Students considering UK universities warned fees may rise in wake of Brexit
Leaving Cert students who are due to take up college places are being warned of increased student fees as a direct consequence of the UK's decision to leave the EU.
Irish students already in the UK and with more than two years left to run on their degrees are also being warned that the hikes could affect the latter stages of their courses.
Students from the Republic attending universities in Northern Ireland and the UK currently pay the same fees as British students.
However, these costs are likely to rise as UK universities move to plug a funding hole caused by foreign students taking up courses elsewhere in the EU on the back of the Brexit vote.
Thousands of Irish students taking part in Erasmus and overseas-study programmes receive EU grants and support to study in other EU member states. Those looking to study outside of the EU do not receive the same support and these grants for Irish students in the UK are now likely to be cut.
The International Exchange Erasmus Student Network (ESN) is warning students who will be in UK universities beyond 2017 that they should expect changes to regulations and to their entitlements.
"The future conditions for international students wanting to study in the UK and British students wanting to study in Europe are as of yet unknown and will have to be decided during the negotiation phase," said a spokesperson.
"This process will probably take up to two years, if not longer, meaning that those undergoing a programme that extends to 2018 may be the first to experience new regulations."
The impact will be hardest felt in the border region, where many students from counties such as Donegal, Cavan and Louth study in nearby universities in Northern Ireland.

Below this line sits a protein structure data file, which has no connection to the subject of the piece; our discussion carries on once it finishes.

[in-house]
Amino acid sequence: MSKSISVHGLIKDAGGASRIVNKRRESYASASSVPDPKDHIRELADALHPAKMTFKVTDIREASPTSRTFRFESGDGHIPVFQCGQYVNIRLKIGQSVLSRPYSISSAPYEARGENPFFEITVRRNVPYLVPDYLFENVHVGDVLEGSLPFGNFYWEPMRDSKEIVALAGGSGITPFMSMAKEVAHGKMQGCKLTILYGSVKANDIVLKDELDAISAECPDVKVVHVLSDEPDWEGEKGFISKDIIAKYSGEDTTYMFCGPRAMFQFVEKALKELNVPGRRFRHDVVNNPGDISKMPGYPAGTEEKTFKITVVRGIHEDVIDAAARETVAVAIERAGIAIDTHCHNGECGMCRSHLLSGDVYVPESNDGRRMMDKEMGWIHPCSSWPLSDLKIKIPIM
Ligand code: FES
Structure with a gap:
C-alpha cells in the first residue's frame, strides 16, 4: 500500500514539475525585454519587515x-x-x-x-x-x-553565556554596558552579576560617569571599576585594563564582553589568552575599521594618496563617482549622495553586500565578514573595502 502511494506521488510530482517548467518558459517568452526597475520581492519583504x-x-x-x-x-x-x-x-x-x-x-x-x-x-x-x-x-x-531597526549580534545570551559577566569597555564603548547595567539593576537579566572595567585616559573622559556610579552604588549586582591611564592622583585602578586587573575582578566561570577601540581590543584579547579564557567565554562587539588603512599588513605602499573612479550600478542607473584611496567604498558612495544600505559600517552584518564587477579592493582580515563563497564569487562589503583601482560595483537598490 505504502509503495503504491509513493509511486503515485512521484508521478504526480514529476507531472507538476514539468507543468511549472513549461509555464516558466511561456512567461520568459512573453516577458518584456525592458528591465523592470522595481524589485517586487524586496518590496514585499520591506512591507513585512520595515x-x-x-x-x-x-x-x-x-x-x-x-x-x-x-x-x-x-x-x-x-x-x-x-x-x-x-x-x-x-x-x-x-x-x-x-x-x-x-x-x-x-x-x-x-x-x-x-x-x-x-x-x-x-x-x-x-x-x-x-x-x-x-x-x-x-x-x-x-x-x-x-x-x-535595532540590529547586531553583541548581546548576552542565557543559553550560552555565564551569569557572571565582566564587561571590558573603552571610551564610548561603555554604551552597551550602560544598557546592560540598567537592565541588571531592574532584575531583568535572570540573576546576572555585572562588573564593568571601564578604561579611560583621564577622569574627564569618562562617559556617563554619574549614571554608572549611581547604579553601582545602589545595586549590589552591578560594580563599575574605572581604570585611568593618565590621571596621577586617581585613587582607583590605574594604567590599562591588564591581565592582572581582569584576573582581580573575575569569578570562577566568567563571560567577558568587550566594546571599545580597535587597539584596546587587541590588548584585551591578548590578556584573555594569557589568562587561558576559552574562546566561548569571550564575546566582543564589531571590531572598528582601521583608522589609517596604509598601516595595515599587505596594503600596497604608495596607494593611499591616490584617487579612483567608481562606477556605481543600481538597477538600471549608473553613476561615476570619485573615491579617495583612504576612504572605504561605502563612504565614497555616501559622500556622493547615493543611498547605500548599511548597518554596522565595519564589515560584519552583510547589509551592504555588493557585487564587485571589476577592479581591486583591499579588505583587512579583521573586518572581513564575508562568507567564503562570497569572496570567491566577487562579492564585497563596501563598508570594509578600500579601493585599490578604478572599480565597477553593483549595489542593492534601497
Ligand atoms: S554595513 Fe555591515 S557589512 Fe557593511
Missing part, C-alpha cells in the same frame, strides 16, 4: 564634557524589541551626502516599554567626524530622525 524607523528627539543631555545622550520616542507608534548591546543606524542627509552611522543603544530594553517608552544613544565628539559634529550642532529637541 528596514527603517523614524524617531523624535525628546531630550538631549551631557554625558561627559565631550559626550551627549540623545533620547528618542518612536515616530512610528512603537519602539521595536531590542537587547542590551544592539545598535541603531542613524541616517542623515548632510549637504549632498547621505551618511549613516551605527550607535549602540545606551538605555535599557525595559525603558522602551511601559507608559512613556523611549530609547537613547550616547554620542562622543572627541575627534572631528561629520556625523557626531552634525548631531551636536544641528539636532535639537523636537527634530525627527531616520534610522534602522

The Union of Students in Ireland's president, Annie Hoey, advised students to remain cautious if considering the UK.
"If you are applying to institutions and filling out the equivalent of CAOs to go to the UK, it is going to be very important that students ask questions of institutions. If the institutions are not letting an Irish student know what will happen because of Brexit, I would urge caution in terms of choosing that institution.
"I think students will have to be mindful that things will change over the next few years and their time at an institution.
"This may have a negative effect on their ability to perhaps come home to work or even use the degree they get in the UK."
Some UK universities are already contacting students due to take up courses in September to reassure them that their circumstances will not change.
However, many are stopping short of making any promises for students who take up courses after 2016. There are 125,000 students from the EU in higher education in Britain and more than 2,000 of these are Irish.
The University of Cambridge has said Irish students there will continue to pay the same fees for the next two years but rates for 2018 have yet to be set.